I was looking through the news trying to find something to get worked up over.
I was bummed that the Ravens and 49ers lost yesterday, preventing a Harbaugh vs. Harbaugh Super Bowl and plenty of media stories about their time helping their Dad at Western. There’s the fact that Newt Gingrich might actually be president. Then there was another embarrassing incident involving our own U.S. Senator, Rand Paul. I’m no UK basher, but there’s the fact the the Wildcats will be named the new #1 in the country today, while U of L should be dropped from the Top 25.
But then I came across this story on WLKY.com, about how a parent got herself all outraged because a book assigned to her 14-year-old daughter because one of the characters masturbates, and the book contains some talk about . . . sex.
The book, “The Absolutely True Diary of a Part-Time Indian,” has won a National Book Award and been praised for how it deals with the topics of alcoholism, racism and poverty. And there’s some sex in it, which is what got Ms. Vincent riled up enough to complain to JCPS about the book.
From WLKY – “I was angry. I was enraged,” said Vincent. “She knows about a boy and a girl, she knows about sex. But she doesn’t know the details of masturbation.”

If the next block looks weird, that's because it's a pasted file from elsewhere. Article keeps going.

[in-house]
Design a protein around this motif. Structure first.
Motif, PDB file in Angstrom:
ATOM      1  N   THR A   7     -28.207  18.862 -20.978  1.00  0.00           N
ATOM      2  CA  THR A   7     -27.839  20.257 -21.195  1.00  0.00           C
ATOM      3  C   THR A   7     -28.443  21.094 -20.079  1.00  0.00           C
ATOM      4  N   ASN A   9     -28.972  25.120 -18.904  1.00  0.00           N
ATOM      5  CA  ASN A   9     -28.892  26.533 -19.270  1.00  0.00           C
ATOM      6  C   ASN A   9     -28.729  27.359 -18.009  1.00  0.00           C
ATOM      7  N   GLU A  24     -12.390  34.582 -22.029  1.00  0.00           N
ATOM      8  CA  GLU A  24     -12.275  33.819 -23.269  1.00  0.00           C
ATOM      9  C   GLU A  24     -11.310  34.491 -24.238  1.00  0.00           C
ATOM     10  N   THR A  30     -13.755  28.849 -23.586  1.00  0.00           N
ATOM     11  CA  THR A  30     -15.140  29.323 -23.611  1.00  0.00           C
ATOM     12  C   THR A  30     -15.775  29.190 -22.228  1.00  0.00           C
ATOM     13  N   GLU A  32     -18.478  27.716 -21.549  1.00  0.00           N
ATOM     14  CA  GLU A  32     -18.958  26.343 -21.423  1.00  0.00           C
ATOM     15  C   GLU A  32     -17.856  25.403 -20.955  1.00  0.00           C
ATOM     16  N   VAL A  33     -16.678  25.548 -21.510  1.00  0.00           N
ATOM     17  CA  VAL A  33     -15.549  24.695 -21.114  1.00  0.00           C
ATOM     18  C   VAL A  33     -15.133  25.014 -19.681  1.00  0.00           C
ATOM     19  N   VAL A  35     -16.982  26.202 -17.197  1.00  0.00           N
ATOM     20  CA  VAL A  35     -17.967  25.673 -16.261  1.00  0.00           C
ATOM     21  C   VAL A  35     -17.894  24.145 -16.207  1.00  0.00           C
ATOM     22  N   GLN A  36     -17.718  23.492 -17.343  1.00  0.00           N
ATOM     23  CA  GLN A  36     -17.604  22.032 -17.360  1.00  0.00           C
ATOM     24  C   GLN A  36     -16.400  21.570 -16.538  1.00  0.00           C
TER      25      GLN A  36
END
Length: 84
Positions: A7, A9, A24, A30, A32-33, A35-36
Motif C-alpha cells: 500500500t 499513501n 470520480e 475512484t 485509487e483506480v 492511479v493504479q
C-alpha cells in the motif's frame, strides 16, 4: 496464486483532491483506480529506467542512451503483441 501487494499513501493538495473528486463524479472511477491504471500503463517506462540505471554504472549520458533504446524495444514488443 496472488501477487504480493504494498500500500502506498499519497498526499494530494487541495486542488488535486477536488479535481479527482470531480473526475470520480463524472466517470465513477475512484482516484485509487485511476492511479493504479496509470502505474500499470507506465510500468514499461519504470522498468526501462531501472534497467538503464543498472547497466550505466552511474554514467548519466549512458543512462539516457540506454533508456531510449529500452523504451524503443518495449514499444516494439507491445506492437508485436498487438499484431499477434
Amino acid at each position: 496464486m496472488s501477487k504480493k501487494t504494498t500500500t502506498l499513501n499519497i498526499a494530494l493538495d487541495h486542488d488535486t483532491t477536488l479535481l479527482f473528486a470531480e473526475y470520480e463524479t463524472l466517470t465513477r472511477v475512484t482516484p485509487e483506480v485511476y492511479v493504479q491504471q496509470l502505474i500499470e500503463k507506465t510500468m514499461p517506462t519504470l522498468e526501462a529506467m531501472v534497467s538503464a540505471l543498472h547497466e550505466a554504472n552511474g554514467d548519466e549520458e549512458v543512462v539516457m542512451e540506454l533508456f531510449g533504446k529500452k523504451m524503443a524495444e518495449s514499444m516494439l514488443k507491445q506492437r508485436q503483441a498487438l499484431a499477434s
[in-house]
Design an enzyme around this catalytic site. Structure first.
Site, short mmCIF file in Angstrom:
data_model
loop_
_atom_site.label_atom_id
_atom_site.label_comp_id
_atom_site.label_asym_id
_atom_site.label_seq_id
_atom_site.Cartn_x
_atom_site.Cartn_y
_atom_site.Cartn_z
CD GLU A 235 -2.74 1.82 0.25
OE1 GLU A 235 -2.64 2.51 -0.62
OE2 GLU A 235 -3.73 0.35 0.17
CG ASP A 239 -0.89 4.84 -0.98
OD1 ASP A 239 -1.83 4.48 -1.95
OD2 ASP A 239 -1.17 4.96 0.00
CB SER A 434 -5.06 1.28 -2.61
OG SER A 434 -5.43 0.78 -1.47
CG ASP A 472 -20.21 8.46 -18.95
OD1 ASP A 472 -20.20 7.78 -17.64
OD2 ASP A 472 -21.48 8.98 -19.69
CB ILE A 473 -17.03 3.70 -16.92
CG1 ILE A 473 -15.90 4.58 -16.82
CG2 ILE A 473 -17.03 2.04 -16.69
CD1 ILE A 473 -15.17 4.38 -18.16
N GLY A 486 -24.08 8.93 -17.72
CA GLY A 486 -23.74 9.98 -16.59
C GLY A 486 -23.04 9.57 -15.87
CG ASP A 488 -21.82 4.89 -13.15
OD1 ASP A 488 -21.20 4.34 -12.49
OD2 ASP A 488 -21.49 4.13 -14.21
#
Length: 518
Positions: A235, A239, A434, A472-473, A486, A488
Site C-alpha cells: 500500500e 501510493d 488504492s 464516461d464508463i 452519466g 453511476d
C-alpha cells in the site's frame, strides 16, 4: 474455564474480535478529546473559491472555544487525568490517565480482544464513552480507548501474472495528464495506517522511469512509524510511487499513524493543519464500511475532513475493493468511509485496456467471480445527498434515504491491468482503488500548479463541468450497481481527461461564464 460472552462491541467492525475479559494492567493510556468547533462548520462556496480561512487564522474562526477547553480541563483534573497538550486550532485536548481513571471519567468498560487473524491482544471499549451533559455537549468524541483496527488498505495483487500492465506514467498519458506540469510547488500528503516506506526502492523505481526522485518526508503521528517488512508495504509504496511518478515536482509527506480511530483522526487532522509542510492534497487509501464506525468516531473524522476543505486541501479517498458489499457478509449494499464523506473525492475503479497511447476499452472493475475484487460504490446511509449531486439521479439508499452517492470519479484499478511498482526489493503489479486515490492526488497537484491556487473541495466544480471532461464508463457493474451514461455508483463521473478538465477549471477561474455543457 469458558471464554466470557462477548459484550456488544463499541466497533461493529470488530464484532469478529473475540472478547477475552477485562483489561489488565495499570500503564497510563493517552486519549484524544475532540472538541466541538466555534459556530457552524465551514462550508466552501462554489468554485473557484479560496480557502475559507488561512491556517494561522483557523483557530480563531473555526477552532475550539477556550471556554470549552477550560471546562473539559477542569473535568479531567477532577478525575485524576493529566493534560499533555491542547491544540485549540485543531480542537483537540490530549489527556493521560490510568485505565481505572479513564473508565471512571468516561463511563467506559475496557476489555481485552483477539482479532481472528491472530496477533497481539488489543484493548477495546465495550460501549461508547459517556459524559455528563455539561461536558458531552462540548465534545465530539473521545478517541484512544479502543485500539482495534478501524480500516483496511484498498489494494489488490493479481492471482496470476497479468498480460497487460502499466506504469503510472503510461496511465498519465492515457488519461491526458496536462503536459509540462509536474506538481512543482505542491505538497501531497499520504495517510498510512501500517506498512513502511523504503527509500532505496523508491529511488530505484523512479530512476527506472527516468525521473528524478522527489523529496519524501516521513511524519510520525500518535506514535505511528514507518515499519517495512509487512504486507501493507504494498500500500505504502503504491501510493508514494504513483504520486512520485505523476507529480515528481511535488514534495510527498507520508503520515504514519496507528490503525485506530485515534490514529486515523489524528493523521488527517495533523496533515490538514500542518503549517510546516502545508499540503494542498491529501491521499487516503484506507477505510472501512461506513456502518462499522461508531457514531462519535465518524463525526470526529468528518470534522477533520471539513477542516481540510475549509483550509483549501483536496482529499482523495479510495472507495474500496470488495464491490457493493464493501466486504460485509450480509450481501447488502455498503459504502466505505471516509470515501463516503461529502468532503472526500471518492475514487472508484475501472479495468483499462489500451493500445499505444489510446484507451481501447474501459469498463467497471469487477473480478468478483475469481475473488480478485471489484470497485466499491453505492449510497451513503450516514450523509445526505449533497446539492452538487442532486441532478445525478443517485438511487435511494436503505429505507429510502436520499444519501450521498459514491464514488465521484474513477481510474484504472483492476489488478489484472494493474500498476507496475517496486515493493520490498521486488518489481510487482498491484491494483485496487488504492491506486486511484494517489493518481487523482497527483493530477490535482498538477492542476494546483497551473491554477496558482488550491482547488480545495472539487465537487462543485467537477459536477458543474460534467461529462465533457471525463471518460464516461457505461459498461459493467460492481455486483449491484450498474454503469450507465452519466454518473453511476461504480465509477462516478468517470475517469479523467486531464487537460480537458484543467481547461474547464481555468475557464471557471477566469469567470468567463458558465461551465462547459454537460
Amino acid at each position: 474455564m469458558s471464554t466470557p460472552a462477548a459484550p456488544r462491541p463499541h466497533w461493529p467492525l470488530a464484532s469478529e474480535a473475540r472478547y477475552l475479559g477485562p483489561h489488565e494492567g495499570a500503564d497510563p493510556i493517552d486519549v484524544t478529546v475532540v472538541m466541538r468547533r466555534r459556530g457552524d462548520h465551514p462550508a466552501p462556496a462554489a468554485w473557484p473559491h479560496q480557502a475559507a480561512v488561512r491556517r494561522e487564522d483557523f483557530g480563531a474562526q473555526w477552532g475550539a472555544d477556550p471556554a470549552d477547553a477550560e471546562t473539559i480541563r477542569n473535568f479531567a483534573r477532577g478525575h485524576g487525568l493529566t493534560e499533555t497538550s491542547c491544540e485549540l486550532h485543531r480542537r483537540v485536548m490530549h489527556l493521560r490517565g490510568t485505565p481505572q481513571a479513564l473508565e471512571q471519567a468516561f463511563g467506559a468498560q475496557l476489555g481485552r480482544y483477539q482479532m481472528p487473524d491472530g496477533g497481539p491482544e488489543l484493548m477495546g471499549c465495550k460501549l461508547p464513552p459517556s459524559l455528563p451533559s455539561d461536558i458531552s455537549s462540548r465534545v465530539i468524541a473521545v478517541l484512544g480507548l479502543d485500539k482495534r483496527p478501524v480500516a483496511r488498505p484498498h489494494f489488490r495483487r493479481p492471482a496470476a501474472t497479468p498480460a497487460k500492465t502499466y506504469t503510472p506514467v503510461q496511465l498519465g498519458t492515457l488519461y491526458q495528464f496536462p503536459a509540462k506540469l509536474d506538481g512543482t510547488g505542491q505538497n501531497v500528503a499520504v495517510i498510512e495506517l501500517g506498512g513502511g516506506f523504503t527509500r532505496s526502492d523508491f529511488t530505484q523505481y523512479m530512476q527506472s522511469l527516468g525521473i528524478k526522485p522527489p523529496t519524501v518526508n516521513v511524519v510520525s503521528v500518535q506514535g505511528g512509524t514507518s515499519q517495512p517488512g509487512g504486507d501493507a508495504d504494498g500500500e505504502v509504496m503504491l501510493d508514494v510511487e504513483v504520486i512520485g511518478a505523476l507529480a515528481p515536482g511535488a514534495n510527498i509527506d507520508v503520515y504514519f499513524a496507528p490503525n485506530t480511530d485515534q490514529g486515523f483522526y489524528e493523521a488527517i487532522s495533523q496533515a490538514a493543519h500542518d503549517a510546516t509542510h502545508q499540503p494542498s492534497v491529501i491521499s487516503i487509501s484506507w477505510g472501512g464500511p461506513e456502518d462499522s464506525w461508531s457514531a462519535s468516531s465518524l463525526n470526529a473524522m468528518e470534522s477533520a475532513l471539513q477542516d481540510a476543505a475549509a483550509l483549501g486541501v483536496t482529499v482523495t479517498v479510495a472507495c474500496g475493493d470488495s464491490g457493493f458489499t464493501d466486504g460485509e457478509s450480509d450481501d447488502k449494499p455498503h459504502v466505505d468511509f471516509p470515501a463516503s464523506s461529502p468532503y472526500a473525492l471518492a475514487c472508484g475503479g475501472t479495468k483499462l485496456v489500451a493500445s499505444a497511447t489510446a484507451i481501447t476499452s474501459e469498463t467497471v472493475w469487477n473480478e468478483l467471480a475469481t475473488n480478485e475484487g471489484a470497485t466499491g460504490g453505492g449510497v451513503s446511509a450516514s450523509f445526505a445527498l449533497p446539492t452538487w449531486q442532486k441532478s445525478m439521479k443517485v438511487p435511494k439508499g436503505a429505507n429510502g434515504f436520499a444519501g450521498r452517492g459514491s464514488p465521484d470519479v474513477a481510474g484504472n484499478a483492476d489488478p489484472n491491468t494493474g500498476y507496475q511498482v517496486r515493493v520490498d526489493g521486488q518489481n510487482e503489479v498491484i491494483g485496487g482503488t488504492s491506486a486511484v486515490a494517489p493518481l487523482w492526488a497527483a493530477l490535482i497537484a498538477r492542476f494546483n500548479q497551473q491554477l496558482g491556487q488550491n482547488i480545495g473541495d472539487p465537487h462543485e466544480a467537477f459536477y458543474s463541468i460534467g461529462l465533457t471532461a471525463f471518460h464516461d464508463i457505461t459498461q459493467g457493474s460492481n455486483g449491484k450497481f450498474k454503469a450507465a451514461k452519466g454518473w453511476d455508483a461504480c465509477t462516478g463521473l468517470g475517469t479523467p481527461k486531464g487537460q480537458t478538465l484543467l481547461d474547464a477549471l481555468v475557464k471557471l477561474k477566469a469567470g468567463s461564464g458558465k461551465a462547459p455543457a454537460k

I’ve never been a fan of censorship, or sheltering kids from the real world, or parents who try to protect kids from the realities of life. In fact, I’m going to find out if the book is on my 14-year-old son’s curriculum, and if not, will encourage him to read it.
Author Sherman Alexie, in a defense of the book posted in the Wall Street Journal, addressed the idea of exposing adult themes this way: “Of course, all during my childhood, would-be saviors tried to rescue my fellow tribal members. They wanted to rescue me. But, even then, I could only laugh at their platitudes. In those days, the cultural conservatives thought that KISS and Black Sabbath were going to impede my moral development. They wanted to protect me from sex when I had already been raped. They wanted to protect me from evil though a future serial killer had already abused me. They wanted me to profess my love for God without considering that I was the child and grandchild of men and women who’d been sexually and physically abused by generations of clergy.”
JCPS, when asked about the book, said it was signed off on by the Site-Based Decision Making Council, and that parents were sent permission slips regarding the book. Vincent, of course, denies getting one. The good news is that JCPS isn’t changing its policy on the book.